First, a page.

This is my simple religion. There is no need for temples; no need for complicated philosophy. Our own brain, our own heart is our temple; the philosophy is kindness. –Dalai Lama-
I wonder if we’re not too polite sometimes. It feels like we are being more and more careful so as not to offend others. When a person who is blunt speaks their mind, they can be considered socially unskilled. But couldn’t we benefit by knowing what other people think of us, of our mindsets? Wouldn’t it help us to have other people act as our mirrors as we become more self-aware? Are we protecting each other’s egos?
Don’t get me wrong here. I’m not defending hateful opinions or comments. The kind that can circulate on social media. Those attacks come from people who do not know us. Grounded in fear, those words reflect much more on the person communicating them. Discrimination against race, gender, disability, etc. is unacceptable and this must be reflected in the way we communicate. Each person is of equal importance and worthy of respect. Ideally, we would always communicate from a place of love and respect. Gently delivered, our message is much more likely to be received.
Swallow Our Pride and Open Our Mind
Driven by our egos the way we tend to be, we are sometimes blinded to the less attractive aspects of our personalities. We tend to block out what we don’t want to see. It’s so much easier to see other people’s failings than our own. But it can be helpful to know how others perceive us, for better or for worse. Just as we need encouragement and positive feedback to strengthen our self-esteem, sometimes we need to be set straight.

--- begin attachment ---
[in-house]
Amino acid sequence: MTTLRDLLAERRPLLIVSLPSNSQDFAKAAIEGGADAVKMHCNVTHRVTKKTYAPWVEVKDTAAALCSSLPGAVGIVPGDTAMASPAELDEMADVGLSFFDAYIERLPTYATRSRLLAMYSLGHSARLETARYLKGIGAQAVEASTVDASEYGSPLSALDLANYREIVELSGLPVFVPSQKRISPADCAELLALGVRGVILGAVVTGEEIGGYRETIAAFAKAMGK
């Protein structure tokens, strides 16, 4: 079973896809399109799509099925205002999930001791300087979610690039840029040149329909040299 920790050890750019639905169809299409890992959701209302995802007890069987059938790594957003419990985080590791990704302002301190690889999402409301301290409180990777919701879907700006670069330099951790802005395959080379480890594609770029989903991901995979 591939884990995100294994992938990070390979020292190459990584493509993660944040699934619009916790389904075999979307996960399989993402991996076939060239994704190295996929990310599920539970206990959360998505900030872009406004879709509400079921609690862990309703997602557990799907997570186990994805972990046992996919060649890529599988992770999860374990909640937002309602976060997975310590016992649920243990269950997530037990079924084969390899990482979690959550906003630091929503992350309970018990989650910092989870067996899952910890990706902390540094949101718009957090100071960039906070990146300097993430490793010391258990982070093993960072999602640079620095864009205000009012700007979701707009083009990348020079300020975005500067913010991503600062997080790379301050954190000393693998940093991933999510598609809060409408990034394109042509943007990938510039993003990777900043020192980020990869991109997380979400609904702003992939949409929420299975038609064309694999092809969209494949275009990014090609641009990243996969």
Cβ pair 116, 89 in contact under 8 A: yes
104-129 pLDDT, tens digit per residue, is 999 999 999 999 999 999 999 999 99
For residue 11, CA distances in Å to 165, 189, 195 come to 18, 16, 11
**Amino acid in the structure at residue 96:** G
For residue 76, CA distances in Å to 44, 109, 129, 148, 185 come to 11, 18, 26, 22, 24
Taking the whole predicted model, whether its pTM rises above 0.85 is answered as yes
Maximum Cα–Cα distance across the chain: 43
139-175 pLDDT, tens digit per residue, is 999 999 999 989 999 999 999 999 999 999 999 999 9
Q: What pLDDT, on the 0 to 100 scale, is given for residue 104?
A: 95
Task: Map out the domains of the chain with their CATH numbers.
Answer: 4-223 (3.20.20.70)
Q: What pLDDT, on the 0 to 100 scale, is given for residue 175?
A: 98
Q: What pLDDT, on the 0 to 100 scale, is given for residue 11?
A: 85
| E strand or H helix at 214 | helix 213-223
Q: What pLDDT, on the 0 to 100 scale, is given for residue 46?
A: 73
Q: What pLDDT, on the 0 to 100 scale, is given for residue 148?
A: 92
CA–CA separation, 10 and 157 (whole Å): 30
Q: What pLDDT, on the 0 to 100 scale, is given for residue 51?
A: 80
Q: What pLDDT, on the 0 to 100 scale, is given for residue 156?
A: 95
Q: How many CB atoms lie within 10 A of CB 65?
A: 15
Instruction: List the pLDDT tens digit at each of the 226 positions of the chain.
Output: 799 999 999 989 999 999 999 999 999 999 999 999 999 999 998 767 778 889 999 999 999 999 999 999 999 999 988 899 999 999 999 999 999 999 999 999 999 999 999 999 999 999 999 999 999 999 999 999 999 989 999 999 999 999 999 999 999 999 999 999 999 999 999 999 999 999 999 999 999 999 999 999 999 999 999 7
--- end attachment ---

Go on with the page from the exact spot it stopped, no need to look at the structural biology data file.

When our feathers are ruffled by a less than flattering comment, our immediate reaction is to consider that person rude. And often, alas, we lash out in retaliation! We block the message we don’t want to hear by invalidating the messenger. But with an open mind, we might gain some insight, some clarity about ourselves. Maybe they’re wrong. Maybe they’re right. Wouldn’t it be a good practice to decide for ourselves if the remark is valid or not?
After giving it some thought, we might decide that our behavior is harmful and that it is in our best interest to change. It takes a lot of practice and perseverance, but it can be worth our while. A lot of suffering can be avoided if we are open to seeing our flaws and willing to work on them. On the other hand, we might decide not to do anything at all. We can accept how we are at this time in our lives and learn to live with the way others perceive us.
Nice vs. Kind
My daughter Jade mentioned to me that most of the time, being gentle and warm with others is a good idea. But sometimes the kind thing to do isn’t necessarily what we think of as ‘nice’—and that could look like anything.
I agree. Nice and kind will often look the same, but kindness goes deeper. Nice is a reflex—a part of our personality. Kindness, on the other hand, takes reflection and discernment. Acting nice is a way to be pleasant but is it helpful? Isn’t kindness about being of service to others? After all, can you see yourself without some kind of mirror?
Below: Mirror image of Andrew Talbot’s painting: Release